2 posts tagged "Closed"
Since signing on as Closed’s creative director last year, Kostas Murkudis has taken the Italian-born (but now German-based) label in a refreshing new direction. While the line is famed for its raw selvedge denim, Murkudis has been focusing on an accompanying range of ready-to-wear, which this season was inspired by Brazil and “Urban Tropicalism.” What does that mean, exactly? For starters, the Spring ’14 lineup included plenty of street-ready separates in punchy, tropical hues. White, yellow, or cerulean waffle knits were overlaid with sheer organza for an on-trend, sporty look, a tracksuit was covered in an electric-blue-and-violet photo print, and simple skirts and silky shorts looked as though they were plucked off a luxe soccer field. Leather tops and frocks were hole-punched to create a mesh effect—this same technique was used on a particularly slick bomber. Here, the perforated leather was lined with fabric in cobalt and emerald hues. Meanwhile, neoprene coats in white or turquoise had a tech appeal, and in one instance, a two-toned jacket-and-trousers ensemble—cut from the brand’s signature denim—was made to look like a jogging suit.
Murkudis’ influences manifested themselves most interestingly in a series of embroidered silk kimono-sport-jacket hybrids. Offered in long and short styles, the toppers—some of which featured stripes down the sleeves—were reportedly inspired by Brazil’s thriving Japanese communities. “The collection is a mélange of sportswear, utility, and fashion,” Murkudis told Style.com. “It goes back to the initial concept of Closed…[and] the fact that I can use the codes of uniforms and…cultural backgrounds is very inspiring,” he added.
A spot-on Spring ’14 isn’t all the label is celebrating this season. Tomorrow, Closed will open its first Paris store, which is set at 18 rue du Poitou, in the third arrondissement. Murkudis explained that selling “and proudly showing our products—almost all of which are handmade—in the fashion capital is the next logical step in order to develop in the European market.” The boutique—a sneak peek at which debuts exclusively above—is clean, classic, and minimal, just like Closed’s aesthetic. The Closed crew will celebrate the milestone tomorrow via a fete with Olivier Zahm and Purple magazine. In fact, the brand has even teamed with Zahm on a limited-edition pair of jeans, which are, of course, dyed purple.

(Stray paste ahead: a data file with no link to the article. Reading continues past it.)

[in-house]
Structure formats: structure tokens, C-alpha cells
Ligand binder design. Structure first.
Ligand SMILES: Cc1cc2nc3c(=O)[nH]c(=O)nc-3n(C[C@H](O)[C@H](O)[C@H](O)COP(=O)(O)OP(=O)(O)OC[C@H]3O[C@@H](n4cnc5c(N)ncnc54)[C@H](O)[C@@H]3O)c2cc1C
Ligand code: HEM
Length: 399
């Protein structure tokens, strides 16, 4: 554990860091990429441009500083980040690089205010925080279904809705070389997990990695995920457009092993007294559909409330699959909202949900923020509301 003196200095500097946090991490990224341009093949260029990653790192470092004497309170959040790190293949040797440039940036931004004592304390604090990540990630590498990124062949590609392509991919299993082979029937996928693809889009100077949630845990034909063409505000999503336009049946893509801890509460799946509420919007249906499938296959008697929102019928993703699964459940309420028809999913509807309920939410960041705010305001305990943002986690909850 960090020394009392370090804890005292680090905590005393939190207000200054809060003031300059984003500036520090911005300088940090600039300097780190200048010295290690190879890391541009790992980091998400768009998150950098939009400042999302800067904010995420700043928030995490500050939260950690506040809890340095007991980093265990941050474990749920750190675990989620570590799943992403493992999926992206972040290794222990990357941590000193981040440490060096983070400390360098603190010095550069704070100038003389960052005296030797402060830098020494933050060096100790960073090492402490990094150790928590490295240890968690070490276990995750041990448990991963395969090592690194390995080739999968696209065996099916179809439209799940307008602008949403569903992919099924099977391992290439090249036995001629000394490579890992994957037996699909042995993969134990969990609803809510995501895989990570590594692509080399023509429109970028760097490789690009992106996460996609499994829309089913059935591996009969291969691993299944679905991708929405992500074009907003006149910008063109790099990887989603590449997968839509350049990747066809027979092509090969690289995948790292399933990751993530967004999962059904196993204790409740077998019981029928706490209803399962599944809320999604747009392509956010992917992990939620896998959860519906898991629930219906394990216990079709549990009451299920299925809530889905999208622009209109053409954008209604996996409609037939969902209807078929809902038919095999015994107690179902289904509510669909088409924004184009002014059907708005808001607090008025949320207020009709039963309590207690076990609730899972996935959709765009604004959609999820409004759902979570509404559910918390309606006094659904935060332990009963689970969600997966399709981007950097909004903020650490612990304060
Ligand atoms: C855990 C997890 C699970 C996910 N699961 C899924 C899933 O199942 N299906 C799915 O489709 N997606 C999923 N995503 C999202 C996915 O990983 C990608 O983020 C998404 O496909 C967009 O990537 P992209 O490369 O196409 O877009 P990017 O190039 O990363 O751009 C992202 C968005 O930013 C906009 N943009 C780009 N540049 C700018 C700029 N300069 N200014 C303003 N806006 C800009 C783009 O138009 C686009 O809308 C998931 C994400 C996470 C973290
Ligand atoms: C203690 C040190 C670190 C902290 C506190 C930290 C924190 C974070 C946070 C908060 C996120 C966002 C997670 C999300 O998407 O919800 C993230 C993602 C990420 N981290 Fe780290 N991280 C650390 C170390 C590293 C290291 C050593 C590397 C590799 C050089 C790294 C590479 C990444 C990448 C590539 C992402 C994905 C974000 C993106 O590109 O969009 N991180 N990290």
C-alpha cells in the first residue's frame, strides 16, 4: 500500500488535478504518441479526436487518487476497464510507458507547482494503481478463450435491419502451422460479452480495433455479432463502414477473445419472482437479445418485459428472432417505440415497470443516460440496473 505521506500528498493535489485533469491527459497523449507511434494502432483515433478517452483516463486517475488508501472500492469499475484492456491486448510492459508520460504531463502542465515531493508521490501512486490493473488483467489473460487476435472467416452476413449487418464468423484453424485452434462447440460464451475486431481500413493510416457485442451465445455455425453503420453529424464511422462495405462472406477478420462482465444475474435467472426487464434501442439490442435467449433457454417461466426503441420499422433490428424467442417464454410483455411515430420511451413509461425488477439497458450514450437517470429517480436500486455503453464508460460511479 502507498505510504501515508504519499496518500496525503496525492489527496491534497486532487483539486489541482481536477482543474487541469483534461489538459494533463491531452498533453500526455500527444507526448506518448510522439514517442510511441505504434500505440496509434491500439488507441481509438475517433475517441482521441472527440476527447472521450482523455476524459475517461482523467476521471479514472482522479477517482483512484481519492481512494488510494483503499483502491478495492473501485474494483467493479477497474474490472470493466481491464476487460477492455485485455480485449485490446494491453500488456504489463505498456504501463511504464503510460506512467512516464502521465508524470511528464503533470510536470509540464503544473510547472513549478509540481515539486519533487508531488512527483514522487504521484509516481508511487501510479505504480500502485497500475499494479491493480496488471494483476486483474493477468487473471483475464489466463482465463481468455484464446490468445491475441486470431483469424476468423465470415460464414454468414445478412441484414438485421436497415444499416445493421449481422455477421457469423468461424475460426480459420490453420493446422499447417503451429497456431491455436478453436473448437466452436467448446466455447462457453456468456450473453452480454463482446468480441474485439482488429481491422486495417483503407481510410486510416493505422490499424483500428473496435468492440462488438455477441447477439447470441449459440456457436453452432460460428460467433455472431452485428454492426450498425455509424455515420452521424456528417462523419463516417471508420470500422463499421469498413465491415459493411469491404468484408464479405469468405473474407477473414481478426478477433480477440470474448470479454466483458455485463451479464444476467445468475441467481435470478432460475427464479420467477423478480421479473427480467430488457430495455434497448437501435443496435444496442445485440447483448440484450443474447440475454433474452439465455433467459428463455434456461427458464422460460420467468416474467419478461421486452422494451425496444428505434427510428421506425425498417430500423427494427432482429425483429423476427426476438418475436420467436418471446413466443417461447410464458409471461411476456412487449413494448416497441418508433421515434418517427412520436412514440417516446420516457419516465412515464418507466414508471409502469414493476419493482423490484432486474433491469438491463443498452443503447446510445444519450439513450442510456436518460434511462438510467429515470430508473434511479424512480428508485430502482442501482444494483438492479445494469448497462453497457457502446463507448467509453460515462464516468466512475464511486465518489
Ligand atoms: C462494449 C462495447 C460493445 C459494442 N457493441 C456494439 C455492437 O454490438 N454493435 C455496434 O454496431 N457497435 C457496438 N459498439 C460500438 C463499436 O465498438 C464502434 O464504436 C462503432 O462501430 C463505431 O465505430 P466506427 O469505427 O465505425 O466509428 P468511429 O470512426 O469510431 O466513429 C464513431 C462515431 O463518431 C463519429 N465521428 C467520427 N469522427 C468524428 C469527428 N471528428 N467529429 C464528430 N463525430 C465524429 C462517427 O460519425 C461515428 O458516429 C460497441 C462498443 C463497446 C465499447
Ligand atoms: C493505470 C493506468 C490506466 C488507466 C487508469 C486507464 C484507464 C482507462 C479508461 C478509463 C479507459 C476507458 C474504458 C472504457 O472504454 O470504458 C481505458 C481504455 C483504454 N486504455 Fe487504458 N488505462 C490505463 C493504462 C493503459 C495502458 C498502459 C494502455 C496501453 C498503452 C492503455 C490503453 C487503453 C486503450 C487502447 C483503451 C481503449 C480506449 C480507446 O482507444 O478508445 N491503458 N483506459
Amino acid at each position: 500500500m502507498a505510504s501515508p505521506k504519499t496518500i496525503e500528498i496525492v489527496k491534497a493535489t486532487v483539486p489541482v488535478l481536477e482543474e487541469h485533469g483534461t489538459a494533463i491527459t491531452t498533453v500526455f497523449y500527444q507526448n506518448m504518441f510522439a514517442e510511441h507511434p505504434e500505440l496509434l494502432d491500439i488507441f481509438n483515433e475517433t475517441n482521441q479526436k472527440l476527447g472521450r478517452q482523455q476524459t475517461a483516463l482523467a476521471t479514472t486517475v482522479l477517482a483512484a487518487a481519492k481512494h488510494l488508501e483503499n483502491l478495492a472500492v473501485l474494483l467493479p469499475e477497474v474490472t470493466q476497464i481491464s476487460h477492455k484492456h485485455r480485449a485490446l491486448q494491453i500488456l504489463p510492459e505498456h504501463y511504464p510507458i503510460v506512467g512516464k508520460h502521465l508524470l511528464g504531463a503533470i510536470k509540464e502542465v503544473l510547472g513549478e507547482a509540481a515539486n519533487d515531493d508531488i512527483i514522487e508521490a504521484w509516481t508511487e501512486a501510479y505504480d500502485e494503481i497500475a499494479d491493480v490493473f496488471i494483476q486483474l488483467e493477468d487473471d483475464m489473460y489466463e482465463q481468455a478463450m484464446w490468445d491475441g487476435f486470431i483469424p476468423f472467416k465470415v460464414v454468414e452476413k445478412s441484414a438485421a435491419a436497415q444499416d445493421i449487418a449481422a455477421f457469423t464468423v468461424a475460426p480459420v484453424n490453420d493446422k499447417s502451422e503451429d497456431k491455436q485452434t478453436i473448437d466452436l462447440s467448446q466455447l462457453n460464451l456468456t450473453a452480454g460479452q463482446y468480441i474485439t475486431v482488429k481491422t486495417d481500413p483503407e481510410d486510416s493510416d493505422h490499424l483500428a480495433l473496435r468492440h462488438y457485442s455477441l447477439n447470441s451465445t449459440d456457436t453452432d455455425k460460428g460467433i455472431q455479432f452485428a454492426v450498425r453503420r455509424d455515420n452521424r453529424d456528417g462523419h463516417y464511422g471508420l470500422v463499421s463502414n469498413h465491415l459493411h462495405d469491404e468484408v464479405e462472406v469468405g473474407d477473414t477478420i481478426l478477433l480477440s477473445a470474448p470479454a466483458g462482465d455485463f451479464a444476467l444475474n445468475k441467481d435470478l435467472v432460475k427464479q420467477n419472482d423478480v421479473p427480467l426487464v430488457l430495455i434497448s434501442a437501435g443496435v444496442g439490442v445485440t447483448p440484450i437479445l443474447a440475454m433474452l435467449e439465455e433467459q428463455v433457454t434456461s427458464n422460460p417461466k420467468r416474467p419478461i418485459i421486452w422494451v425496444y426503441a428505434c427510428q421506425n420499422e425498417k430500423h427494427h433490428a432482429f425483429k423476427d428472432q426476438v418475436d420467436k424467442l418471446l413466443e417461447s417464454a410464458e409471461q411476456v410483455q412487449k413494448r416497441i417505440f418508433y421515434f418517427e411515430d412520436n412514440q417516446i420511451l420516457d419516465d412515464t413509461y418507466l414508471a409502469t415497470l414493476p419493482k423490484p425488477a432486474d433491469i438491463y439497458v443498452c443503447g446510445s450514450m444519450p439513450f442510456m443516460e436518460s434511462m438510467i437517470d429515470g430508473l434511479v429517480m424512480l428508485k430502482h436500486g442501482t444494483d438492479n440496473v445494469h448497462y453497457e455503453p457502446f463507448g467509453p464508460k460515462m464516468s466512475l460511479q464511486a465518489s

Type “Kostas Murkudis” into Style.com’s search engine, and just two results pop up. The Berlin-based designer—who worked for many years alongside Helmut Lang, and who has run his own eponymous label since1994—signed on as creative director of the German sportswear brand Closed last year. He won’t be operating under the radar much longer. On Friday, Murkudis teamed with his longtime friend, the artist Carsten Nicolai, to present his first capsule collection for Closed, dubbed Skywalk, at Gallery Weekend Berlin. Nicolai provided the video, a hypnotic twelve-minute clip culled from twelve years of photographs he took from the window seats of airplanes, and Murkudis contributed the clothes, a utilitarian range of pieces, for both women and men, inspired by a vintage aviator jumpsuit. There are jersey tees and button-front shirts covered with zips and, of course, a flight suit, but the stars are the trench, made from a denim-like twill fused with superfine mousseline (above), and a leather bomber that reverses to the same twill.
The jackets and coats in his main collection for Closed are likewise worth getting excited about. The thirty-five-year-old brand, which at different times was headed up by François Girbaud and Martin Margiela, has long been denim-focused. “I want to go back to the roots, to make clear what Closed was,” Murkudis told Style.com. “It was the first brand to do designer denim; there was just Levi’s, Lee, Wrangler. The mix of denim, utilitarian, and sporty elements is quite key to Closed’s DNA.” Look for Murkudis’ debut collection for Closed when Fall collections begin arriving at Fred Segal and American Rag in Los Angeles, and for Skywalk at Project No. 8 in New York. And don’t miss our Gallery Weekend Berlin photo report.